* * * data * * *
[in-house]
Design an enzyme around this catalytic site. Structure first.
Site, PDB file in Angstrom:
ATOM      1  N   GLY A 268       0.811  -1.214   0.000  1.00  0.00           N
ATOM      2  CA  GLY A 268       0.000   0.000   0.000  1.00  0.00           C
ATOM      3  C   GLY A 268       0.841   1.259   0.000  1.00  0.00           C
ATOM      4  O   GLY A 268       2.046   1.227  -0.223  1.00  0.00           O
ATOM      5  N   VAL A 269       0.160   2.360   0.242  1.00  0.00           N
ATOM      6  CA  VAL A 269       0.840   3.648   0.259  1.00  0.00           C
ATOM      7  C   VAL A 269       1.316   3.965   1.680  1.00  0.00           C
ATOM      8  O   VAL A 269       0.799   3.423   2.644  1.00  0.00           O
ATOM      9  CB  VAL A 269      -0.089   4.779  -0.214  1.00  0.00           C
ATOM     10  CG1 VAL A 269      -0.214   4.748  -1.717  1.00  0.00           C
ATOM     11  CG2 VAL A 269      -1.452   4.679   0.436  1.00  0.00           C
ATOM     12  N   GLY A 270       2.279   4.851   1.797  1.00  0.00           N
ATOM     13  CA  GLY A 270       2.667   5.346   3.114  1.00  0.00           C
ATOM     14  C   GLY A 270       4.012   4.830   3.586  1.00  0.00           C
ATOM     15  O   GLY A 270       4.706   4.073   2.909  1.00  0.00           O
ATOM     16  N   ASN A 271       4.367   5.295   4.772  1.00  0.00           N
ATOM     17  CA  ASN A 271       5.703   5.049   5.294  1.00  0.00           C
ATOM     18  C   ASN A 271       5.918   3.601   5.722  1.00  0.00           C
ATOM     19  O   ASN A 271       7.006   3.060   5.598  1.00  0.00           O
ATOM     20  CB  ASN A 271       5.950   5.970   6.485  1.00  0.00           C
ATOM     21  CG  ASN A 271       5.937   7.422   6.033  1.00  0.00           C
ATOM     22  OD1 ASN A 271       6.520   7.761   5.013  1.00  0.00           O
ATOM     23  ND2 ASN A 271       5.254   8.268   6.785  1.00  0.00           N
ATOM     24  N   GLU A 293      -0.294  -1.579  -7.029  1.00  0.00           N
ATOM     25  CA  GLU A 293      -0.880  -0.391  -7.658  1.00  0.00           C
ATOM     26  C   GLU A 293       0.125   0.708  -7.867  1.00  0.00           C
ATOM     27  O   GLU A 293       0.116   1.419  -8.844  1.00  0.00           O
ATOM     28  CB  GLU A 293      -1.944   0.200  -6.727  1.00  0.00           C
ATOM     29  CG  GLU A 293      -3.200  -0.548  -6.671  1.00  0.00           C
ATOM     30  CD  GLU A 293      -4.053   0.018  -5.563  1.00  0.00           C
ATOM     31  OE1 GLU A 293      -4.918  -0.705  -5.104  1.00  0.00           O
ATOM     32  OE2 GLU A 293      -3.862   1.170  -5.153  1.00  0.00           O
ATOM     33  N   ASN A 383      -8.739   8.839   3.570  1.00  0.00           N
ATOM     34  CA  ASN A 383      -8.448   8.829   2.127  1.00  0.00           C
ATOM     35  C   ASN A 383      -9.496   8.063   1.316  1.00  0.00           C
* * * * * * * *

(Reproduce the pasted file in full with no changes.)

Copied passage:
[in-house]
Design an enzyme around this catalytic site. Structure first.
Site, PDB file in Angstrom:
ATOM      1  N   GLY A 268       0.811  -1.214   0.000  1.00  0.00           N
ATOM      2  CA  GLY A 268       0.000   0.000   0.000  1.00  0.00           C
ATOM      3  C   GLY A 268       0.841   1.259   0.000  1.00  0.00           C
ATOM      4  O   GLY A 268       2.046   1.227  -0.223  1.00  0.00           O
ATOM      5  N   VAL A 269       0.160   2.360   0.242  1.00  0.00           N
ATOM      6  CA  VAL A 269       0.840   3.648   0.259  1.00  0.00           C
ATOM      7  C   VAL A 269       1.316   3.965   1.680  1.00  0.00           C
ATOM      8  O   VAL A 269       0.799   3.423   2.644  1.00  0.00           O
ATOM      9  CB  VAL A 269      -0.089   4.779  -0.214  1.00  0.00           C
ATOM     10  CG1 VAL A 269      -0.214   4.748  -1.717  1.00  0.00           C
ATOM     11  CG2 VAL A 269      -1.452   4.679   0.436  1.00  0.00           C
ATOM     12  N   GLY A 270       2.279   4.851   1.797  1.00  0.00           N
ATOM     13  CA  GLY A 270       2.667   5.346   3.114  1.00  0.00           C
ATOM     14  C   GLY A 270       4.012   4.830   3.586  1.00  0.00           C
ATOM     15  O   GLY A 270       4.706   4.073   2.909  1.00  0.00           O
ATOM     16  N   ASN A 271       4.367   5.295   4.772  1.00  0.00           N
ATOM     17  CA  ASN A 271       5.703   5.049   5.294  1.00  0.00           C
ATOM     18  C   ASN A 271       5.918   3.601   5.722  1.00  0.00           C
ATOM     19  O   ASN A 271       7.006   3.060   5.598  1.00  0.00           O
ATOM     20  CB  ASN A 271       5.950   5.970   6.485  1.00  0.00           C
ATOM     21  CG  ASN A 271       5.937   7.422   6.033  1.00  0.00           C
ATOM     22  OD1 ASN A 271       6.520   7.761   5.013  1.00  0.00           O
ATOM     23  ND2 ASN A 271       5.254   8.268   6.785  1.00  0.00           N
ATOM     24  N   GLU A 293      -0.294  -1.579  -7.029  1.00  0.00           N
ATOM     25  CA  GLU A 293      -0.880  -0.391  -7.658  1.00  0.00           C
ATOM     26  C   GLU A 293       0.125   0.708  -7.867  1.00  0.00           C
ATOM     27  O   GLU A 293       0.116   1.419  -8.844  1.00  0.00           O
ATOM     28  CB  GLU A 293      -1.944   0.200  -6.727  1.00  0.00           C
ATOM     29  CG  GLU A 293      -3.200  -0.548  -6.671  1.00  0.00           C
ATOM     30  CD  GLU A 293      -4.053   0.018  -5.563  1.00  0.00           C
ATOM     31  OE1 GLU A 293      -4.918  -0.705  -5.104  1.00  0.00           O
ATOM     32  OE2 GLU A 293      -3.862   1.170  -5.153  1.00  0.00           O
ATOM     33  N   ASN A 383      -8.739   8.839   3.570  1.00  0.00           N
ATOM     34  CA  ASN A 383      -8.448   8.829   2.127  1.00  0.00           C
ATOM     35  C   ASN A 383      -9.496   8.063   1.316  1.00  0.00           C